Another difference is the creatures. In Greek mythology there are three basic non-human creatures: the gods, the titans, and the nymphs. In Norse mythology there are 5 main non-human creatures: the Aesir and Vanir (gods), the Jotnar (giants), the Ð“Ðƒlfar (Ð“Ðƒlfar), SvartÐ“ÐŽlfar (dark Ð“Ðƒlfar), and the Valkyries. The Aesir and the Vanir are your basic extraordinary immortals, though in Norse mythology the gods were thought to be mortal, only kept immortal by eating the apples of Idun. However, they could be slain even if they ate the apples. The Jotnar were giants or the Norse equivalent to the Greek titans, but the Jotnar did not fight with the gods in a war like the titans did with the Greek gods. The Ð“Ðƒlfar are lesser "gods" that control nature. Ð“Ðƒlfar are viewed as "gods" of fertility due to their connection to nature (agriculture specifically); they're not actual gods in the sense it is used but more so magically inclined creatures. Finally are the SvartÐ“ÐŽlfar or commonly referred to as dwarves, trolls, dark Ð“Ðƒlfar, or black Ð“Ðƒlfar. The SvartÐ“ÐŽlfar aren't anything like the Ð“Ðƒlfar; they are regarded as being small, disfigured people who dwell in mountains and mounds and hate the light. The SvartÐ“ÐŽlfar were master craftsman and made many things for the gods such as Thor's hammer (Mjollnir) a wall around Asgard (land of the gods) and countless rings. In Norse mythology they seem to have to "clans" or groups of gods, the Vanir and the Aesir. They don't appear to have any noticeable
differences. The Vanir are referred to as "lesser" gods and are usually viewed as gods and goddesses of fertility. The Aesir are more of your standard gods and goddesses
with a supreme god or goddess and other gods and goddesses
with standard roles (i.e. sea, music/poetry or art, war, wisdom, beauty, etc). Valkyries are spirits that choose the wariors that go to Valhalla and take them their. There isn't much information on Valkyries other than them being the spirits that choose and guide the select few to Valhalla. There are only twenty-three of them. The Jotnar were created originally from the first Jotnar (Ymir). Ymir was killed by Odin and Odin created Midgard (land of humans) from his body. Ymir was created from the collision of Niflheim and Muspellheim (land of fog, ice, and cold) in the beginning; from the sweat from his armpits were created the first two frost giants, male and female, and from them came the rest of the frost giants; from his leg came also another male giant. The Jotnar were known to mate with both the Aesir and Vanir. In Greek mythology the gods didn't mate with the titans. Also the nymphs were sometimes referred to as daughters of the gods where as the Ð“Ðƒlfar, SvartÐ“ÐŽlfar, and Valkyries were not. (Keenan 54)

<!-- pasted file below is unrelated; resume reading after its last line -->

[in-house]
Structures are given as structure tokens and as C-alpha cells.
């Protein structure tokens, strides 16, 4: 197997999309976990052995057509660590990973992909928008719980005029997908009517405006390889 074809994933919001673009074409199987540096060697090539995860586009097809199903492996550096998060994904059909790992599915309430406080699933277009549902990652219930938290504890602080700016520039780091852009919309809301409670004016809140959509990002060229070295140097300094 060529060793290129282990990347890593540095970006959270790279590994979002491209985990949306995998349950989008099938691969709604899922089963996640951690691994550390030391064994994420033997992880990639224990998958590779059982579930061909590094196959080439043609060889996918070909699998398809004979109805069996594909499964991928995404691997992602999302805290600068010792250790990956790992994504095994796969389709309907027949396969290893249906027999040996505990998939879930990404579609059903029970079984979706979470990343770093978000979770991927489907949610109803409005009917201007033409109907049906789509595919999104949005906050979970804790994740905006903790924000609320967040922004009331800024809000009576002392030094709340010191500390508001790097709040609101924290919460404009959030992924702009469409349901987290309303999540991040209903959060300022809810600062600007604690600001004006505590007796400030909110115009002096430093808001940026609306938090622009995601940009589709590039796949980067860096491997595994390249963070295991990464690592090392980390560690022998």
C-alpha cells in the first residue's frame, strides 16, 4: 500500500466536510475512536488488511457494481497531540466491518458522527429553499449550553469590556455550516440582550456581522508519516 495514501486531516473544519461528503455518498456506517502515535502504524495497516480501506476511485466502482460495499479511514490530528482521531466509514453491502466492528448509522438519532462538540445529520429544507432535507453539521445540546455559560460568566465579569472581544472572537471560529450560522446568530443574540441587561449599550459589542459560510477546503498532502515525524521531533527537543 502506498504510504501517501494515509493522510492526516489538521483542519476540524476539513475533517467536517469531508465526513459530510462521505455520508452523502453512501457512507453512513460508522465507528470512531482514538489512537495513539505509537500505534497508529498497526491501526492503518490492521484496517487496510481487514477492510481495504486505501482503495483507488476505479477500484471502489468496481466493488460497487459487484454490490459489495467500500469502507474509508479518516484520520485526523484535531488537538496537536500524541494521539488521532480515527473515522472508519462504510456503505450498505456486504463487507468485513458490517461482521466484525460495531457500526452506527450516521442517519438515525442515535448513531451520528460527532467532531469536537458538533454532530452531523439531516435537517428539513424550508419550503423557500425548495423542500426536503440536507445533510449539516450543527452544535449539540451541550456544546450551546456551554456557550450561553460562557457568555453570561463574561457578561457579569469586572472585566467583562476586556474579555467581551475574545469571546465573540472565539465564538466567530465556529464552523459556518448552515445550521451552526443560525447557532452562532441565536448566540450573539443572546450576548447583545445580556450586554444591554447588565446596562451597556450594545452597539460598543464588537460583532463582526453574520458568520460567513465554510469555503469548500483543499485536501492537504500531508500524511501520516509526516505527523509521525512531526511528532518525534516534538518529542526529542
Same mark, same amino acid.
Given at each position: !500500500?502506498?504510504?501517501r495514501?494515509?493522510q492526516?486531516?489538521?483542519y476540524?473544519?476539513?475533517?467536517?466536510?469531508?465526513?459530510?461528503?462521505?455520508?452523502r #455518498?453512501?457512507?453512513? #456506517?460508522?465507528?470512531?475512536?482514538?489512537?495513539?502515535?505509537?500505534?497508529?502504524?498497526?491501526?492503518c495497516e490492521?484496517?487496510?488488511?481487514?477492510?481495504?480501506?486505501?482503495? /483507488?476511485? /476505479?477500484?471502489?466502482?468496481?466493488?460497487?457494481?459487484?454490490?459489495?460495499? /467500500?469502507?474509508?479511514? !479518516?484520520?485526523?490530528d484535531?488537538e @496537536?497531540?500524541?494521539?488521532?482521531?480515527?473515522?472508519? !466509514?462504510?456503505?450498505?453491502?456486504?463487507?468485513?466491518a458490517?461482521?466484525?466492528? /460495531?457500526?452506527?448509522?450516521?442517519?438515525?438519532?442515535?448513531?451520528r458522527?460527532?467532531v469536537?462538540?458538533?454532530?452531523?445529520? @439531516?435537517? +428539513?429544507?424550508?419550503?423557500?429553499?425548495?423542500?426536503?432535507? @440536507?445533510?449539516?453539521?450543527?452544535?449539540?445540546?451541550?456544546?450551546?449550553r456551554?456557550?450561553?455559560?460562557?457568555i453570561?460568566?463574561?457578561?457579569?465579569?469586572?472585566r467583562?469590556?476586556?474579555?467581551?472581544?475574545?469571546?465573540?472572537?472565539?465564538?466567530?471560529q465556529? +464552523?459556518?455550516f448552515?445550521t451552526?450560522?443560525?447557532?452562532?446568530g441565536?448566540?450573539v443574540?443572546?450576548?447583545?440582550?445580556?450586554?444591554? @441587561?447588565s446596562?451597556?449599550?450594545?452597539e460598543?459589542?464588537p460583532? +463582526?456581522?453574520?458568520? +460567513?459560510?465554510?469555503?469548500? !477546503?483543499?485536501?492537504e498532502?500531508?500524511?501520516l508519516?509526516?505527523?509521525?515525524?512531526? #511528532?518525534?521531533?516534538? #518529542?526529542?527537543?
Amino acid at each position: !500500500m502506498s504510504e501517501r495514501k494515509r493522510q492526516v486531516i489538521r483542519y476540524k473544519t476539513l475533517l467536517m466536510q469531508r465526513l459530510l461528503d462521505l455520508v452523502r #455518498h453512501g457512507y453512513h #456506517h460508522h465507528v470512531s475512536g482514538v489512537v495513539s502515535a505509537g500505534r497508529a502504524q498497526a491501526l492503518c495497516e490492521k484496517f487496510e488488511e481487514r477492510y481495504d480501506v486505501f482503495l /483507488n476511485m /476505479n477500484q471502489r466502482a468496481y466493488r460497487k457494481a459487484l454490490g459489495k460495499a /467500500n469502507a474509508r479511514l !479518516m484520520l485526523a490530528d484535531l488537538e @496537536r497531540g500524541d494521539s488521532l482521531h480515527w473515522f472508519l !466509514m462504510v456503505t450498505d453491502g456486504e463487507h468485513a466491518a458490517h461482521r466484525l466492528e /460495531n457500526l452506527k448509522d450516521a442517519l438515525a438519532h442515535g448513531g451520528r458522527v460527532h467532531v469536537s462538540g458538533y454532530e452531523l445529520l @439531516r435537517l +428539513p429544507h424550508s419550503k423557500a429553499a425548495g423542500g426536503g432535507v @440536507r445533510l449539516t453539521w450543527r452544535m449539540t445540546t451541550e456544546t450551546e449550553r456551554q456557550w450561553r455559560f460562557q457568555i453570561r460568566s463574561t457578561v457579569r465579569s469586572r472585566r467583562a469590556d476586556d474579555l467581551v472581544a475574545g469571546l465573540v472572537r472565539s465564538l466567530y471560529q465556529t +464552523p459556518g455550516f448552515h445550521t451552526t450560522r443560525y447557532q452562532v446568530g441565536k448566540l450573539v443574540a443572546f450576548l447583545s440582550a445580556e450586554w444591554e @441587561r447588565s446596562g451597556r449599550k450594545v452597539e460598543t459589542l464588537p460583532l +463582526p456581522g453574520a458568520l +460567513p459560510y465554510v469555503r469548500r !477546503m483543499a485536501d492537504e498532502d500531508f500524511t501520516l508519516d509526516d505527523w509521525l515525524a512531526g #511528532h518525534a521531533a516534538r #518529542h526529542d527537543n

Finally, Ragnarok, or the end of the world, is the biggest difference between Norse mythology and most all mythologies including Greek. Ragnarok is the essential "end of the world" although no actual destruction of the world comes to pass during it. Ragnarok is a very detailed battle where all the warriors from Valhalla fight with Odin and the rest of the Aesir against the Jotnar and Loki (the god of trickery). This cannot be compared to anything in Greek mythology Because Greek Mythology doesn't have an equeivalent to Ragnarok or anything close.
In conclusion Norse mythology and often forgotten mythology is very different from many mythologies. Proof being in large difference between Norse and Greek Mythology. Death isn't judged by your actions but by how you died. There are many more magically inclined creatures. Also the end of the world which no other mythology that I am aware of has.
Keenan, Sheila. Gods, Goddesses, and Monsters: An Encyclopedia of World Mythology. New York: Scholastic, 2000.
Norse Mythology. (Online) Available http://en.wikipedia.org/wiki/Norse_mythology
3 May 2005.
"Teutonic Mythology." World Book. 2001 ed.